Apologies, but honestly, your generic response and sales pitch for a $4,000.00 machine didn’t offer much in the way of help to someone who is asking for some real advice regarding upgrades. I would much rather throw down a grand or so on 6Gb of RAM and a larger capacity SSD, than 4 times that for something new when what I already have might be just as capable with an upgrade. Your post didn’t explore this. I still didn’t mean to upset you. I was only asking how you would know there wouldn’t be a benefit to an upgrade because your response sounded like something from one of the first time Mac owning YouTubers that post videos about how “this” is sooo much better than “that” simply because it’s newer and without giving any real details to back up your statements.
  11. bleepjay thread starter macrumors member

    Jul 28, 2008
    Thinking about getting the Crucial CT256M225

    Any opinions on this? Will I be able to create a Bootcamp partition on this or should I even bother if using VMWare Fusion? Will the performance increase cause me to not even bother needing to bootup in Bootcamp (other than for video performance, which I do not really use)?
  12. underblu macrumors regular

    Apr 19, 2010
    All good Robbie. Trust me the last thing I am is a SJ or Mac fanboy. Im not into the whole lifestyle thing but I do appreciate great form following function and I do think Apple got it right with the MBP.

    That aside I don't want to see the OP needlessly spending 3k on a new unit. However, I've been on the other side of that coin when the money I spent upgrading could've been better utilized on a new machine.

    Look at the end of the day the OP should probably explore whether the performance bottleneck he is facing stems more from HD access times and System memory or processing power. Then he can make the best decision that's right for him
  13. stjohnswell macrumors newbie

    Apr 19, 2010
    I like to get three years out of my machines. If I was you I'd take a punt on a decent SSD, which you can always re-use when you decide to upgrade the mbp.
  14. rellimyrf macrumors newbie

    Feb 8, 2010
    Personally, I'd opt to sell your machine, which could possibly go for a fair amount at this point. The longer you hold on to it the less it will be worth obviously. With the money you get, I'd opt for the base i5 17 inch, throw in the 4gb ram module from your last machine to boost the ram to 6gb, and then upgrade to an ssd when you can. The price for the new computer upgrade would be probably the same as getting a new ssd, which you can do at any time in the future. You could also temporarily switch out the optical drive with a smaller ssd for $100-$150 to run the OS, while you save up for a bigger ssd which will inevitably be cheaper as time goes on. There are so many subtle new features on the new macbook pros that make a difference. The seamless GPU switching, the upgraded graphics cards (while they don't meet the performance standards of something like an ATI 5870m, they show genuine improved performance over previous macbook pro models and don't devour the battery), faster CPUs, display port sound with hdmi adapters, and better GPU driver support for working with things like the new flash.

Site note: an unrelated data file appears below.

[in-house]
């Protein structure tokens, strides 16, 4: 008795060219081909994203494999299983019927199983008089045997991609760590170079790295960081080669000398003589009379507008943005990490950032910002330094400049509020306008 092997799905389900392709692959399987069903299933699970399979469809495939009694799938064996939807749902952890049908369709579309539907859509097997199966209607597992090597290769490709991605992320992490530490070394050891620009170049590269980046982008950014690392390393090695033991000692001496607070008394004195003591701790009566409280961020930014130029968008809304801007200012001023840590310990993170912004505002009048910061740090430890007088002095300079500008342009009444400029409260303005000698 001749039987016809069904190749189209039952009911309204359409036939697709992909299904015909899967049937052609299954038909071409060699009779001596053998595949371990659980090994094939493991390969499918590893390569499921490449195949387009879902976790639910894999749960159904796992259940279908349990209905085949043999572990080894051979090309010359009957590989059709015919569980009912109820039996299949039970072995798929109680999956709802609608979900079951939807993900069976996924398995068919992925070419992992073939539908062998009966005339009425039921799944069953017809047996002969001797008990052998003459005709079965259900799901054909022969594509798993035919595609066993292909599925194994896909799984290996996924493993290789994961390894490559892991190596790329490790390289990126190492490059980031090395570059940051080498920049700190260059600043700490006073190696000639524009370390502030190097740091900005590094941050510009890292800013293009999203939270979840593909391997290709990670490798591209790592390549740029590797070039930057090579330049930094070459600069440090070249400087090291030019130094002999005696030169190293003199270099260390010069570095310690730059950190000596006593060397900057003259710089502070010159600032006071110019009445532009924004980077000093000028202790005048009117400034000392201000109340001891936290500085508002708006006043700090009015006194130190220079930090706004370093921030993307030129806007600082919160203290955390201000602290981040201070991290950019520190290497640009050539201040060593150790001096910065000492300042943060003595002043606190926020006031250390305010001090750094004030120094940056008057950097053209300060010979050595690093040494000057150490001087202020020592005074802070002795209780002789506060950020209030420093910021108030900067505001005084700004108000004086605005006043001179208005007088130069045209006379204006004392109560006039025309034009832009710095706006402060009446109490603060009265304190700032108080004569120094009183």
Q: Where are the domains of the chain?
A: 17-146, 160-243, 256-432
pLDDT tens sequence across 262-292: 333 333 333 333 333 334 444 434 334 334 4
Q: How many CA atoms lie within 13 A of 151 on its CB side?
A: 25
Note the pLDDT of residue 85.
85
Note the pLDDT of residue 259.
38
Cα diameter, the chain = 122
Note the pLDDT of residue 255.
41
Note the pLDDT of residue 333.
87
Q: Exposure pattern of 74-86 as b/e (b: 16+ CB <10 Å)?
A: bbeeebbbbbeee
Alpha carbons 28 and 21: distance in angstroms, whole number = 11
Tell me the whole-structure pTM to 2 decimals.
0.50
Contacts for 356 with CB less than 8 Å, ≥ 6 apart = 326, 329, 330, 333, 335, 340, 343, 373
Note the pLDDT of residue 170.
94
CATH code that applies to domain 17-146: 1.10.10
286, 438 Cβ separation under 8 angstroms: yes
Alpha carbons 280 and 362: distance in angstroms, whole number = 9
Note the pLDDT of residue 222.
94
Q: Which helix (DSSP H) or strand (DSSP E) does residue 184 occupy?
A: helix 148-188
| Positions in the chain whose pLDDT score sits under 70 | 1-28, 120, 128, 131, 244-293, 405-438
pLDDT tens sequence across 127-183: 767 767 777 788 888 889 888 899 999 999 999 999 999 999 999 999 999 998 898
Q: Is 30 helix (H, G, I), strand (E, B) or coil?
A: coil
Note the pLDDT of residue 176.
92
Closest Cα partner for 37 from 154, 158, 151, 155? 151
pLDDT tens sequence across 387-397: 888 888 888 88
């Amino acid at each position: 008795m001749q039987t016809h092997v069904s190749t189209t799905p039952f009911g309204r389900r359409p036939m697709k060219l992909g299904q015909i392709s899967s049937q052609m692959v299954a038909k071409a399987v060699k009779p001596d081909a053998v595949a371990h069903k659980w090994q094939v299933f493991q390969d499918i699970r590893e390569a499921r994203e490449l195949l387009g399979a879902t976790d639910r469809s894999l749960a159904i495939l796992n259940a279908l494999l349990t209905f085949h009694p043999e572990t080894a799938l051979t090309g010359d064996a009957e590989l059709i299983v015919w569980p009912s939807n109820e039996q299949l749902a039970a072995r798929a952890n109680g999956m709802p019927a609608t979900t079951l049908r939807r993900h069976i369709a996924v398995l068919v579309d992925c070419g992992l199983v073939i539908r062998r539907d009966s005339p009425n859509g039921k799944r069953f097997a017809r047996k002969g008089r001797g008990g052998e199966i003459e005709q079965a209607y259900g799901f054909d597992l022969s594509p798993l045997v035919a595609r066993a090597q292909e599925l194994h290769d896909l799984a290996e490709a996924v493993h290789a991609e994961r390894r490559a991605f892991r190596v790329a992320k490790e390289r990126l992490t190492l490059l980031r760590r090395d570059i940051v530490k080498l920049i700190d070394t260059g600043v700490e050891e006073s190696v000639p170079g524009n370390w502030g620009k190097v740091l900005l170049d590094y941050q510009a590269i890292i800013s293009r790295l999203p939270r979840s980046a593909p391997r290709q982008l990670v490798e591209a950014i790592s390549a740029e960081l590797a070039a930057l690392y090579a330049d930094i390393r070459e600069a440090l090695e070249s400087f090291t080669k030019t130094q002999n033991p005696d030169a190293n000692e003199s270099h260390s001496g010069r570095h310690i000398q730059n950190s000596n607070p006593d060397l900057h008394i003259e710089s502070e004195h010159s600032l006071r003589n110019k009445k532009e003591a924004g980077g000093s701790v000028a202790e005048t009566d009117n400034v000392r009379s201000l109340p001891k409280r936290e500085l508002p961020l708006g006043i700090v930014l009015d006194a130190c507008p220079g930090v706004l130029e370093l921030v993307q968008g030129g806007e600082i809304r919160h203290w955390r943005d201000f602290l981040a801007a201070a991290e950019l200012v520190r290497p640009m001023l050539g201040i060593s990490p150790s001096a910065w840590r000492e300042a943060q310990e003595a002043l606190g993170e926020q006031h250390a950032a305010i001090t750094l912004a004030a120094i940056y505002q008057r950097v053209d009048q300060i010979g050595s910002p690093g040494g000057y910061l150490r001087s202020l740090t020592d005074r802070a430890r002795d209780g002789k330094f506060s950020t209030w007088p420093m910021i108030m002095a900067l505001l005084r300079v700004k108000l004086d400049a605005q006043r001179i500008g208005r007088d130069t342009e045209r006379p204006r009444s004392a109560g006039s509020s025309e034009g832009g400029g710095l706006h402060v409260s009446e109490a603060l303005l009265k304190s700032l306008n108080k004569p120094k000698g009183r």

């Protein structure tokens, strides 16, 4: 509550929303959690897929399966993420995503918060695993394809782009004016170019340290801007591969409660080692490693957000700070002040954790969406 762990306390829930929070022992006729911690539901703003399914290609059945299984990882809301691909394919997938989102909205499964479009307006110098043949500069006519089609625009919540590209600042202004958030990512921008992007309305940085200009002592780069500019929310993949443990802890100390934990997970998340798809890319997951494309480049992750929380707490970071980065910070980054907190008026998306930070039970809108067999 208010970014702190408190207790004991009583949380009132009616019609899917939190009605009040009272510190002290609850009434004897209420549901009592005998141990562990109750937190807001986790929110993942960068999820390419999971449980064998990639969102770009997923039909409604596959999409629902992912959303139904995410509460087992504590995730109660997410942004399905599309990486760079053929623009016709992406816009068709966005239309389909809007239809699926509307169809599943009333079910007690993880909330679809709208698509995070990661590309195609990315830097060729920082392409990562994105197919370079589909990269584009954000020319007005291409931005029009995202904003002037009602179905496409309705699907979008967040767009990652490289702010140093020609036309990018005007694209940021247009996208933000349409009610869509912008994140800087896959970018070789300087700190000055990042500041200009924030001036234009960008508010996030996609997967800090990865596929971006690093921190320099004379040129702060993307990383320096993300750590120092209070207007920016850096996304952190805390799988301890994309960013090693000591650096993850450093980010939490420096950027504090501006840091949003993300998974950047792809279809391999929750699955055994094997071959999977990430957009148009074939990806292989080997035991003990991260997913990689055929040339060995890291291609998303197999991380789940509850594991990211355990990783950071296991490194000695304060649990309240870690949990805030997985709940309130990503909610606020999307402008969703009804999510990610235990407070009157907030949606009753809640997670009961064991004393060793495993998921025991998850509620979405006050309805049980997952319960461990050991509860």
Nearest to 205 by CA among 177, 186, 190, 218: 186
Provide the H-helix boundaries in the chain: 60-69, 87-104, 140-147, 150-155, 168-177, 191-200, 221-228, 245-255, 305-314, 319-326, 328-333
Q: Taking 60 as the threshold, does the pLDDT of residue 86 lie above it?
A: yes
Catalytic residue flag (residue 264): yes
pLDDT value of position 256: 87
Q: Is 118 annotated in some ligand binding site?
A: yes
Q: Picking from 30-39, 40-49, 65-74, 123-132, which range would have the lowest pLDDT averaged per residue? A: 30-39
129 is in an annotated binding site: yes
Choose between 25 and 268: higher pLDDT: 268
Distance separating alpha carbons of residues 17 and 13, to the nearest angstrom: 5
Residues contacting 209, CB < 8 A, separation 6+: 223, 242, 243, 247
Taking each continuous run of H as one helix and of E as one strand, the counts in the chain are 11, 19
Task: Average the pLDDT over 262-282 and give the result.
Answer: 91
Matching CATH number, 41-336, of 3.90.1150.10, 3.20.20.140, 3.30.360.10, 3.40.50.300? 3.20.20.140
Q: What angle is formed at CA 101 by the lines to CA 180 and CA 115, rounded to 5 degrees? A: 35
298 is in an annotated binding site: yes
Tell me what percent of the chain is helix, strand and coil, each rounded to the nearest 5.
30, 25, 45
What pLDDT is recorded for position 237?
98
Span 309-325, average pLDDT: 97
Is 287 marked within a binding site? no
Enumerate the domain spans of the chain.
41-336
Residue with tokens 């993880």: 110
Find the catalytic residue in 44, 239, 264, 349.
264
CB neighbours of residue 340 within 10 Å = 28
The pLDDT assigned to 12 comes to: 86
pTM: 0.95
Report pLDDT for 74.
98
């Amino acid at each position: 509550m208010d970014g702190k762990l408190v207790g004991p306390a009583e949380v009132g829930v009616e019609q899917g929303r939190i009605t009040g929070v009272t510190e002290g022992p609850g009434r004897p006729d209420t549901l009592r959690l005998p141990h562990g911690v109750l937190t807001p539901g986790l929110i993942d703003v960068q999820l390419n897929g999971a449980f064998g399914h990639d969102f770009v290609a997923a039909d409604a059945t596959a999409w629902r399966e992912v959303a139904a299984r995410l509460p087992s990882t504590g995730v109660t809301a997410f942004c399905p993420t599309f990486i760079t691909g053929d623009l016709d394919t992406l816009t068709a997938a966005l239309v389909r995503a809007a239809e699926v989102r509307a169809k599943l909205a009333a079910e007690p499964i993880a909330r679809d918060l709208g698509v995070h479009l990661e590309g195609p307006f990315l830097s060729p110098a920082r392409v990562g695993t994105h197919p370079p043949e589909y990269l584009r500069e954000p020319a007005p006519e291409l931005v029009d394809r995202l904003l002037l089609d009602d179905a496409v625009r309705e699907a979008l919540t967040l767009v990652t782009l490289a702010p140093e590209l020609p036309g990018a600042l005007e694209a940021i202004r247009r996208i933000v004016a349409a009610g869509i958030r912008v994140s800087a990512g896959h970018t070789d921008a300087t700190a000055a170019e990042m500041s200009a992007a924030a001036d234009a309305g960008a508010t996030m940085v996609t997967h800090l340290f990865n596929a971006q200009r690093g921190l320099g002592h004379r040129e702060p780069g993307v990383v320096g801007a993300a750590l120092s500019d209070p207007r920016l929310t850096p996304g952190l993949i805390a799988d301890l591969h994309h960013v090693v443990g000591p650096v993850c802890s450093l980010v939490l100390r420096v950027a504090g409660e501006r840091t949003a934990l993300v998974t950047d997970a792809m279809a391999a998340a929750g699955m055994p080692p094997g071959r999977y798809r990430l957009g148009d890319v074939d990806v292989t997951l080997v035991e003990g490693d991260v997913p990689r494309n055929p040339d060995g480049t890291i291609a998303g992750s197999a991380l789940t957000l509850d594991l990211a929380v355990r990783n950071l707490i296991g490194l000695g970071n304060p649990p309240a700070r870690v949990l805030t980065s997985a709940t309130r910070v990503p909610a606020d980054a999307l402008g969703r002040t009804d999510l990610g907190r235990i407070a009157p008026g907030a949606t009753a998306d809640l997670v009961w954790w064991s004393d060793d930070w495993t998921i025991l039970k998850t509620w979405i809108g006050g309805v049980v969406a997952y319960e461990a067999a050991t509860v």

Basically I'm saying I would prefer a temporarily ssdless new machine with an i5 (The i7 isn't absolutely necessary as the i5 alone will be a lot faster than the Penryn. The 2.53 GHz i5 is merely something like 8% slower than the i7 according to benchmarks I've read and it gets better battery.) over your older model with a new ssd.
  15. bleepjay thread starter macrumors member

    Jul 28, 2008
    Ok, I splurged and went for the Crucial m225 256GB. Hopefully should be here tomorrow. I started reading about how/if I want to format this thing for Bootcamp, and it looks like this drive has issues with my model MBP when trying to access a Bootcamp Partition.




    Does anybody have any suggestions/ideas of what I should to to try to get this to work?

    Should I just go ahead and run VMWare Fusion as a native VM file rather than via Bootcamp?
  16. bleepjay thread starter macrumors member

    Jul 28, 2008
    Another question. If I take my new SSD and place it where the current HD is, and get a caddy to place where the optical bay is, will my current HD (Scorpio Blue) be running at PATA speeds.

    It looks like I need this caddy for this to work http://newmodeus.com/shop/index.php?main_page=product_info&products_id=306

    I didn't realize my optical bay was PATA until I saw this. Any way of running my old HD at SATA speeds? Does my SATA controller have two cable inputs that I could use or am I stuck with PATA for this?
  17. mdatwood macrumors 6502a

    Mar 14, 2010
    Denver, CO
    Looks like you already did it, but I would say get the SSD (and max RAM, but you already did that) to squeeze another year or more of life from your computer. Unless you're currently doing something processor bound, the most limiting factor in your system is going to be HD access speeds.

    I plan on getting an SSD on the next tech jump and move it to my boot drive and my HD to where my optical is now.
  18. wakeborder556 macrumors regular

    May 31, 2008
    does the motherboard have an extra sata port not in use?